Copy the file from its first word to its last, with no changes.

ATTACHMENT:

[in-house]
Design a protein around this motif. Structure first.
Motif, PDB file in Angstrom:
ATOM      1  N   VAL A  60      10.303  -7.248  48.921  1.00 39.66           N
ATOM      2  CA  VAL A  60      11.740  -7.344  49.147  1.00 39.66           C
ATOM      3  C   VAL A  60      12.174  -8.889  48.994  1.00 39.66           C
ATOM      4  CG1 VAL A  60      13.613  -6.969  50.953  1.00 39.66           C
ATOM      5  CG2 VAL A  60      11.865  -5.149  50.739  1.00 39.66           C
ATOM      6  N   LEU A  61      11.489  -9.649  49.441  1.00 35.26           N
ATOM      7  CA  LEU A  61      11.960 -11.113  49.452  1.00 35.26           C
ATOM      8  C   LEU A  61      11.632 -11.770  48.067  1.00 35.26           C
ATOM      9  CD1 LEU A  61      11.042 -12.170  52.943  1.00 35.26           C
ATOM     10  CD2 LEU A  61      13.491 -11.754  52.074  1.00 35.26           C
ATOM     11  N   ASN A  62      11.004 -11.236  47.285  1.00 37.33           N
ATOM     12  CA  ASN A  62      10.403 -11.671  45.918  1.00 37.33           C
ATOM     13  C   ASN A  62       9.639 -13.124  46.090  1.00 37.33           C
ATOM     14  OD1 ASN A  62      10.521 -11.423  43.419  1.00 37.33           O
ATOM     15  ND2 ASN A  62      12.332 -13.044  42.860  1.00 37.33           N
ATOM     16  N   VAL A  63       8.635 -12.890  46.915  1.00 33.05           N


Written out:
[in-house]
Design a protein around this motif. Structure first.
Motif, PDB file in Angstrom:
ATOM      1  N   VAL A  60      10.303  -7.248  48.921  1.00 39.66           N
ATOM      2  CA  VAL A  60      11.740  -7.344  49.147  1.00 39.66           C
ATOM      3  C   VAL A  60      12.174  -8.889  48.994  1.00 39.66           C
ATOM      4  CG1 VAL A  60      13.613  -6.969  50.953  1.00 39.66           C
ATOM      5  CG2 VAL A  60      11.865  -5.149  50.739  1.00 39.66           C
ATOM      6  N   LEU A  61      11.489  -9.649  49.441  1.00 35.26           N
ATOM      7  CA  LEU A  61      11.960 -11.113  49.452  1.00 35.26           C
ATOM      8  C   LEU A  61      11.632 -11.770  48.067  1.00 35.26           C
ATOM      9  CD1 LEU A  61      11.042 -12.170  52.943  1.00 35.26           C
ATOM     10  CD2 LEU A  61      13.491 -11.754  52.074  1.00 35.26           C
ATOM     11  N   ASN A  62      11.004 -11.236  47.285  1.00 37.33           N
ATOM     12  CA  ASN A  62      10.403 -11.671  45.918  1.00 37.33           C
ATOM     13  C   ASN A  62       9.639 -13.124  46.090  1.00 37.33           C
ATOM     14  OD1 ASN A  62      10.521 -11.423  43.419  1.00 37.33           O
ATOM     15  ND2 ASN A  62      12.332 -13.044  42.860  1.00 37.33           N
ATOM     16  N   VAL A  63       8.635 -12.890  46.915  1.00 33.05           N